Twice Daily

Twice Daily surpasses the competition with exceptional service

and high-quality food and beverage offerings through White Bison.

By Janice Hoppe-Spiers, Knighthouse Media

Tri Star Energy’s Twice Daily convenience stores are designed to raise the level of offerings to its customers and build lasting relationships by serving the community better. “Twice Daily is a call to action,” CEO Steve Hostetter says. “We would like to see you twice a day. The idea is, if we do a good job with breakfast you’ll come back and get take-home items and use us throughout the week in multiple fashions. We serve more than basic needs and provide increased offerings.”

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Building on decades of success, Kirkland’s is revitalizing its stores

with new product categories.

By Alan Dorich, Knighthouse Media

When customers visit one of Kirkland’s stores, they’ll find it staffed with associates that are focused on making sure they have the best possible shopping experience. “We have high standards,” CEO Steve “Woody” Woodward asserts.

“Every day, we try to create an environment where the customer knows you care about the store, from product assortment to how it is displayed,” he continues. “Attention to detail is critical; it’s often challenging, but the positive reaction from our customers is worth it.”


Sunshine Gasoline Distributors’ founder shares how he came to United States

and claimed the American dream.  

By Kat Zeman, Knighthouse Media

Maximo Alvarez is proud to be an American. He wasn’t born in the United States, but he bleeds patriotism. A self-made man, Alvarez has relied on hard work and determination to build a thriving retail gasoline empire in south Florida – and he salutes the United States for allowing him to make that possible.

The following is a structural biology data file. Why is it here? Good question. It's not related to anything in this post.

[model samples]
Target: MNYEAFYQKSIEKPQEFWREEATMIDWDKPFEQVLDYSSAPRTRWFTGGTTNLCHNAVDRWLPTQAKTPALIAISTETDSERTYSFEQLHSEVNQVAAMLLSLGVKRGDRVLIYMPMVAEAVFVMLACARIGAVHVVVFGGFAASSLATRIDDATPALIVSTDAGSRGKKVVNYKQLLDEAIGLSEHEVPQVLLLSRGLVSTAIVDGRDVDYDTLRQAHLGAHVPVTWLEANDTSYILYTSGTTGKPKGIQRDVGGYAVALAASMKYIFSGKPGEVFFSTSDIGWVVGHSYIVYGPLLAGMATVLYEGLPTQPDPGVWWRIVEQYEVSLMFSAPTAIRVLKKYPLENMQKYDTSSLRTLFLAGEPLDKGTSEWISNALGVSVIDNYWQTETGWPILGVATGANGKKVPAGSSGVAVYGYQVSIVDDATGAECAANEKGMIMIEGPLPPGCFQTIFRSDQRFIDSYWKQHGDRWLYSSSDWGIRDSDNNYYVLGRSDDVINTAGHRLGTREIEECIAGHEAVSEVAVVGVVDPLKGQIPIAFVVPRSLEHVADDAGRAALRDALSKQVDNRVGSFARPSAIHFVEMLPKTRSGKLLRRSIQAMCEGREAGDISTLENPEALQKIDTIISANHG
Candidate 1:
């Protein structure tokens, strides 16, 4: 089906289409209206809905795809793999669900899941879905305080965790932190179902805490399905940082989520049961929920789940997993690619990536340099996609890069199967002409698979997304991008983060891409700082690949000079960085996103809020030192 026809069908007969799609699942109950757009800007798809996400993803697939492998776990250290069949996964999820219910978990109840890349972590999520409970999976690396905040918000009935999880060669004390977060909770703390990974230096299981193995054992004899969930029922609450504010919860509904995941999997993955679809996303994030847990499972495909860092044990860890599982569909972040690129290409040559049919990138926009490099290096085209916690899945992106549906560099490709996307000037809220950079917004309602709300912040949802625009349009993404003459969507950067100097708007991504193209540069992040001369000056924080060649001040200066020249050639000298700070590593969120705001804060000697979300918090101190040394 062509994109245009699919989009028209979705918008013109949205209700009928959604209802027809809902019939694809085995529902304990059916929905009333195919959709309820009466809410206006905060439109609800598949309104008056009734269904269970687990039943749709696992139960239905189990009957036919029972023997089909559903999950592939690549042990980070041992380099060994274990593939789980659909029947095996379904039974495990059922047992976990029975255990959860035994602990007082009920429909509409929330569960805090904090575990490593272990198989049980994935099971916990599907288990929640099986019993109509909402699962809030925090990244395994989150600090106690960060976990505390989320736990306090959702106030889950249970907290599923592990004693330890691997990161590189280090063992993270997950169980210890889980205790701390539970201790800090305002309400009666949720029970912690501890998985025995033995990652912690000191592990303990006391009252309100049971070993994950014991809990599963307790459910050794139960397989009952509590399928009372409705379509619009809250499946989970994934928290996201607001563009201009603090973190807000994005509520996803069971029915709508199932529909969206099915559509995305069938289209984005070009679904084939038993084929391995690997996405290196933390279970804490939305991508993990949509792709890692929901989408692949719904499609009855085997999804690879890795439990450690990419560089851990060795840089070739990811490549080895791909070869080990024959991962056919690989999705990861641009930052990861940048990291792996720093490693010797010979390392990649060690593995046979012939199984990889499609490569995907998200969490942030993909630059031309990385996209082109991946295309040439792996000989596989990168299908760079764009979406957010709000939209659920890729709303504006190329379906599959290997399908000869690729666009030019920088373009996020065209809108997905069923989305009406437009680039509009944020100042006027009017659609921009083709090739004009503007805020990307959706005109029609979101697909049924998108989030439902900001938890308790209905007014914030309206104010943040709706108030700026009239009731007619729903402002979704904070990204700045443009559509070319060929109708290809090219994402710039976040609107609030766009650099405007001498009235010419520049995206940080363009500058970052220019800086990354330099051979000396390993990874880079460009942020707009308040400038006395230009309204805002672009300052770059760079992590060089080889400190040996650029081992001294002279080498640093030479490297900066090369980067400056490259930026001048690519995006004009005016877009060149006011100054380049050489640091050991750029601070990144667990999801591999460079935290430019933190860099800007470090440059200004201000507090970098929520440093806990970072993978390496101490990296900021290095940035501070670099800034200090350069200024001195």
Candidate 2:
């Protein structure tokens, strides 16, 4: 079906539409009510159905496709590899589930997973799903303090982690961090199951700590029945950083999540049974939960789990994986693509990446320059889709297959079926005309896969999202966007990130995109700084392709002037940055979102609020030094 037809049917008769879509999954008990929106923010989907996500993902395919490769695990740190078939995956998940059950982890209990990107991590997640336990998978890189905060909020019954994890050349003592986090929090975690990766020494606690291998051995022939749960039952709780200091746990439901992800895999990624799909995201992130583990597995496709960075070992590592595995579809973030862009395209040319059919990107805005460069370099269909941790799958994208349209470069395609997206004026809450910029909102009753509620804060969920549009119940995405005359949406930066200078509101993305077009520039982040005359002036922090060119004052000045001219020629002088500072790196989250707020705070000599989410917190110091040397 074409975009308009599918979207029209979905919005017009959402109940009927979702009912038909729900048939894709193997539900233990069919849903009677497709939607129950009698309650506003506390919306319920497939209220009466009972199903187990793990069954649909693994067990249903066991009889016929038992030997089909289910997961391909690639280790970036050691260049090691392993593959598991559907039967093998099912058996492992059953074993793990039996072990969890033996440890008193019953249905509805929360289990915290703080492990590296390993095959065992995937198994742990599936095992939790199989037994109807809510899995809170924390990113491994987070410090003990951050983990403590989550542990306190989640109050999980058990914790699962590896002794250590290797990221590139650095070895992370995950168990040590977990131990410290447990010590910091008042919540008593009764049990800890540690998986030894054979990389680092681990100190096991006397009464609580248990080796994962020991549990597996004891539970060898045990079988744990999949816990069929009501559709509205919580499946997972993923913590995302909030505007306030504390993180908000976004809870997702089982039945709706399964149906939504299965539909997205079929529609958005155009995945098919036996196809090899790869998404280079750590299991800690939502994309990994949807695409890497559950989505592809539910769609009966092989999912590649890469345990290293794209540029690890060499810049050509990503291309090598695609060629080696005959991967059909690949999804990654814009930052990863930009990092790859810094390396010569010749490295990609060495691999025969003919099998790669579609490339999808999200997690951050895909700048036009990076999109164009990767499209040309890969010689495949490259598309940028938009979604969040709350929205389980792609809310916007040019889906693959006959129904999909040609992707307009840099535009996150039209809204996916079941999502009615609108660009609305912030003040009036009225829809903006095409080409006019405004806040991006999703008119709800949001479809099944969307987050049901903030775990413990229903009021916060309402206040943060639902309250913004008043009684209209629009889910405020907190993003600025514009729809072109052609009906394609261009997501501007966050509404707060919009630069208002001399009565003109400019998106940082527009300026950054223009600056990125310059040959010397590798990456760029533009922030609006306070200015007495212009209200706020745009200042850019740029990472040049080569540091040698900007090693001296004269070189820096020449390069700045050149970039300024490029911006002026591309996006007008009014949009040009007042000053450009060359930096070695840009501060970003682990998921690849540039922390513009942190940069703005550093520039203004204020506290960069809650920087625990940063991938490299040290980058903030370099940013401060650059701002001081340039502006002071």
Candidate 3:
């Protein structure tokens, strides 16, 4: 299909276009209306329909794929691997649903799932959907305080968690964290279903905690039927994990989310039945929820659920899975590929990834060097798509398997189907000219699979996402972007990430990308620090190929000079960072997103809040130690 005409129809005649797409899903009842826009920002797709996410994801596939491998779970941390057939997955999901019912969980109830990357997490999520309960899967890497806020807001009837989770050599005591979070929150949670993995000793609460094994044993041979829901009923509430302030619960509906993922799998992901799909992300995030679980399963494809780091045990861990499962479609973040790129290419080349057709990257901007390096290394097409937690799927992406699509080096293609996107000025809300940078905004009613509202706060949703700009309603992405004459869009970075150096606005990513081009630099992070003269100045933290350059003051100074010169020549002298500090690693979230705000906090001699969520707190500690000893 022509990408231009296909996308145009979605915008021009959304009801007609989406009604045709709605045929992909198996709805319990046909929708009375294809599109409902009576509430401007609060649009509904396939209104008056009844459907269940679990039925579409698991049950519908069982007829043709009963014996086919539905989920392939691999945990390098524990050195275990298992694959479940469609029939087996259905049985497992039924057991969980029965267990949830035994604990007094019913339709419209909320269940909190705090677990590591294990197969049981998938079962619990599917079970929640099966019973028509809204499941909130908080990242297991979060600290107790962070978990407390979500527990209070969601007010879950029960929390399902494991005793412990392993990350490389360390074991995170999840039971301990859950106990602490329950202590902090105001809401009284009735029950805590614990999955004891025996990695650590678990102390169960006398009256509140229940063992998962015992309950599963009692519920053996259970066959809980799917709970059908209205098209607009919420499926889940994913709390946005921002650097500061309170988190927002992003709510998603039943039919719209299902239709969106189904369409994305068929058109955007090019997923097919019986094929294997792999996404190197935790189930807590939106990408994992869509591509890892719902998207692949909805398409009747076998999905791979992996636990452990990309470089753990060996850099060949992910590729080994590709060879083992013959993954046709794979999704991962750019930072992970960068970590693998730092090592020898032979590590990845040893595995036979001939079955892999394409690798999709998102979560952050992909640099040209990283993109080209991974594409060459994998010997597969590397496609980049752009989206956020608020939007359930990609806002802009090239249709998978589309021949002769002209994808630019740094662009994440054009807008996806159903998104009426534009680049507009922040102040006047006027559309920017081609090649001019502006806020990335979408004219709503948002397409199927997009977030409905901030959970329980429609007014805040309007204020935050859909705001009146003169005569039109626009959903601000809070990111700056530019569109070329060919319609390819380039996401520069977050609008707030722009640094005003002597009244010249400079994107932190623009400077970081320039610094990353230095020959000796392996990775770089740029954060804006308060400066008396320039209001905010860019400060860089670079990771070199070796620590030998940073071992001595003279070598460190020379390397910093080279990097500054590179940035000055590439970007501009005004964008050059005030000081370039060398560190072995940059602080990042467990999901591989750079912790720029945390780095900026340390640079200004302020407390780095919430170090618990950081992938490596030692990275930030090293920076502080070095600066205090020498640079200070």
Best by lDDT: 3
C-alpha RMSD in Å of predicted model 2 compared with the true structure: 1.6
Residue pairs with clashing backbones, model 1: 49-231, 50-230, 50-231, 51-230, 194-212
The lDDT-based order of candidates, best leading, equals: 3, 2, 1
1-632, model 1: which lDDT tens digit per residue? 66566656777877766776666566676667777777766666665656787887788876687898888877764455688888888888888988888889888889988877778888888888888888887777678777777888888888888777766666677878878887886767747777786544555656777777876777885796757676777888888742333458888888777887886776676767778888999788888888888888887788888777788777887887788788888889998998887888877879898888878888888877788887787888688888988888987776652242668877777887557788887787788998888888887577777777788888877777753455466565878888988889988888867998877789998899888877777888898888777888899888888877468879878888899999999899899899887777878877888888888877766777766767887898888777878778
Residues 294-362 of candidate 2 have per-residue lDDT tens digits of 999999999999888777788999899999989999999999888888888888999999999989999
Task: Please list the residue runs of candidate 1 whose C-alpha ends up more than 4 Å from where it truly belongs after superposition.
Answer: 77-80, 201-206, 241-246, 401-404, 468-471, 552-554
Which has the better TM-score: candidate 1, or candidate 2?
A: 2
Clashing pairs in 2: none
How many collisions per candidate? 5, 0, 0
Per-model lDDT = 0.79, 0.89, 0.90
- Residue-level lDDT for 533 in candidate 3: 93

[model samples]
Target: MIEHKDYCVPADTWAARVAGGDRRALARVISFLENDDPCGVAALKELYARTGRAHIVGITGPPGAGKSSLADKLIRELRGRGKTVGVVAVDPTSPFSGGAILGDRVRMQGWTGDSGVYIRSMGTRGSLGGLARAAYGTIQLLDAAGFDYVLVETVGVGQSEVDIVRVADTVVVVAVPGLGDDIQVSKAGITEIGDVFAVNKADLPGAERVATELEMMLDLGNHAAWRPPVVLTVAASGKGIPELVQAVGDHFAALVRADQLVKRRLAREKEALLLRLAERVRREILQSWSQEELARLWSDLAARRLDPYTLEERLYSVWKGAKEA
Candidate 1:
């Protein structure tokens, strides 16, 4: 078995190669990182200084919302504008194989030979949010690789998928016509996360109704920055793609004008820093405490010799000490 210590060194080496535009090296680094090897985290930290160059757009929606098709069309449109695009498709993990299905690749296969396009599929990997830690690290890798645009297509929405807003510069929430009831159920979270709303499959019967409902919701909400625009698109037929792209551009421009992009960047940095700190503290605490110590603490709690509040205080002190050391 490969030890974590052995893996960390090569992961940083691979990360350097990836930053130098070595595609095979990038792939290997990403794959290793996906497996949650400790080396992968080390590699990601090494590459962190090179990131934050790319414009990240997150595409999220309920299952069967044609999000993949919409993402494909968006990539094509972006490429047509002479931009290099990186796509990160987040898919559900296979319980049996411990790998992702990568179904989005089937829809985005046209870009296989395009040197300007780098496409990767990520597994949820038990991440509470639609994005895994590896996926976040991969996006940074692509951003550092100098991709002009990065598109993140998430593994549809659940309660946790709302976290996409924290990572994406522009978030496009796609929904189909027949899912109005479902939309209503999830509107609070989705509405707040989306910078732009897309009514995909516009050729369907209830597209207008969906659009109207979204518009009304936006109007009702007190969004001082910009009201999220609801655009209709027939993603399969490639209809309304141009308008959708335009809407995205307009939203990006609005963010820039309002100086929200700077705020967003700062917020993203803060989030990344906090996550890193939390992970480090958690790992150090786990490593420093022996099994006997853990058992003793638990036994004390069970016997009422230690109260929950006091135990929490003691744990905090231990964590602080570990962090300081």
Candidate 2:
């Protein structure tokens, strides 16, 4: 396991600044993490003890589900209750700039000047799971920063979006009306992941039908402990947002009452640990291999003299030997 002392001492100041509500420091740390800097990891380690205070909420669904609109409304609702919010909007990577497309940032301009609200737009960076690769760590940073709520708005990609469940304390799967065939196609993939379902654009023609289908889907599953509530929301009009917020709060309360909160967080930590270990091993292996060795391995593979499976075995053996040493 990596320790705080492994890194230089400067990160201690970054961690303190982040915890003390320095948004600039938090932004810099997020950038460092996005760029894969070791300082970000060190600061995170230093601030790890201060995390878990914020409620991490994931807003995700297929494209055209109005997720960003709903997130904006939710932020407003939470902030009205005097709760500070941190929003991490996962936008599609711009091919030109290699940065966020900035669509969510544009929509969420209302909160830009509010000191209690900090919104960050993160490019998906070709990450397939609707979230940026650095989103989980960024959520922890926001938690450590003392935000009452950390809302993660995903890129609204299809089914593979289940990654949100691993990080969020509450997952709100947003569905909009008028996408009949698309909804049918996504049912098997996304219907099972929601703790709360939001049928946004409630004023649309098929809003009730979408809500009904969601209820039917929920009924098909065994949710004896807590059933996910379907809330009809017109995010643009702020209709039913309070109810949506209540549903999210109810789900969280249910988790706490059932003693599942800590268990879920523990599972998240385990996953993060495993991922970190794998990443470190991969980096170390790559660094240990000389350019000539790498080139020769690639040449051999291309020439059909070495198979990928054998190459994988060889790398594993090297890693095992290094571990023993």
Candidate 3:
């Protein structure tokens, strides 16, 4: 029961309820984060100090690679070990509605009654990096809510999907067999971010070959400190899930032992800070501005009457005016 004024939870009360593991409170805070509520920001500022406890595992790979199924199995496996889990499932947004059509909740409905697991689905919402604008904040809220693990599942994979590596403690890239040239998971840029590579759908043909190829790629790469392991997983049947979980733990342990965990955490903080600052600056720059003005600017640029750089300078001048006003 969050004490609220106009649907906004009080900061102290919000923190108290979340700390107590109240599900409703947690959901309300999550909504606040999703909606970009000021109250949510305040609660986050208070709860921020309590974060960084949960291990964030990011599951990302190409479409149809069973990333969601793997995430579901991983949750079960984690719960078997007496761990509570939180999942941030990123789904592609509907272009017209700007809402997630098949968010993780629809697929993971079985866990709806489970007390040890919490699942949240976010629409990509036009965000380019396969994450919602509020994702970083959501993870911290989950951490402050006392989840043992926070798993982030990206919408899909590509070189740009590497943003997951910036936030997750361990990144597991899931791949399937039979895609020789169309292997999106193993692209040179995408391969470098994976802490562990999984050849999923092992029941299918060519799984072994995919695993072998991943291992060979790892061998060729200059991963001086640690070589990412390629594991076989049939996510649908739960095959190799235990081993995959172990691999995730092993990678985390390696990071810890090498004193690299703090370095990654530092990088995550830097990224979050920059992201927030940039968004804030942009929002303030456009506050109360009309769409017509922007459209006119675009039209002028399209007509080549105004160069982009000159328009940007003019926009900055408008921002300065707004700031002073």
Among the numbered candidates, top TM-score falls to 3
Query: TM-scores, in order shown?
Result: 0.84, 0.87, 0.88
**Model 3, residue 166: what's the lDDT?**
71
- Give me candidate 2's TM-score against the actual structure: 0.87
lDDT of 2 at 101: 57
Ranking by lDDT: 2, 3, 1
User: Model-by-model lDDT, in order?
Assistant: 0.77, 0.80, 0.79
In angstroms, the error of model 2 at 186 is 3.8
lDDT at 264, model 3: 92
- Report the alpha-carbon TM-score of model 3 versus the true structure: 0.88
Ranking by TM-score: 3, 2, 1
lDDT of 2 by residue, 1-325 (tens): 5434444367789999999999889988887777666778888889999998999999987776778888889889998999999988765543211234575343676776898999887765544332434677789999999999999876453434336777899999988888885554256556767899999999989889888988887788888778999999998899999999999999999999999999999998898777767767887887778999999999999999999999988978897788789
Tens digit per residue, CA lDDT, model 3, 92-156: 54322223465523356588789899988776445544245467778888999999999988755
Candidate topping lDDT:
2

“I am Cuban born,” says Alvarez, owner and president of Sunshine Gasoline Distributors. “But I am an American. This is the greatest country in the world. If I gave away everything I have today, it would only be 10 percent of what I was given when I came to this country.”


Edwards Food Giant sets itself apart from the competition by offering its customers a one-of-a-kind in-store experience.

By Janice Hoppe-Spiers, Knighthouse Media

In the competitive supermarket world, where consumers often look to online ordering and curbside pick-up, Edwards Food Giant continues to draw people into its stores with its exceptional customer service, product expertise and high-quality offerings. “We are known as the meat people,” Vice President Paul Rowton says. “We have built a strong following over the years of people shopping for high-quality meats that we cut in-house daily.”

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Christopher and Banks focuses on its unique core customer in a modern way.

By Mark Lawton, Knighthouse Media

A new management team at Christopher and Banks, a specialty-apparel chain servicing women of the baby boomer generation, is working to turn around the retailer.

Christopher and Banks descended from Braun Fashions that was founded in 1956. The company began opening stores under the Christopher and Banks name in 2000 and today operates 456 stores in 44 states with the largest concentration in the Great Lakes area. The company is publicly traded on the OTCQX.


DFW International Airport is enhancing its concessions program as it renovates terminals.

By Kat Zeman, Knighthouse Media

Featuring one of the largest concession programs in North America, Dallas/Fort Worth International Airport is continually enhancing its 252,000 square feet of concession space.

Occupying five terminals – three of which have undergone a $2 billion renovation in the past two years – the airport’s concession areas offer 72 dining concepts, 60 shopping concepts and 41 services concepts. They are operated through lease agreements between the airport and roughly 60 different private companies. 

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Cosentino’s Food Stores changes for the taste and convenience of its customers.

By Mark Lawton, Knighthouse Media

Cosentino’s Food Stores was founded by Dante Cosentino Sr., an artist who emigrated from Italy to Kansas City, Mo., and made a living painting frescoes on the ceilings of Catholic churches. “He wanted to find something for his sons and daughters to do so he bought this little fruit stand on Blue Ridge Boulevard,” grandson and Vice President John Cosentino says.

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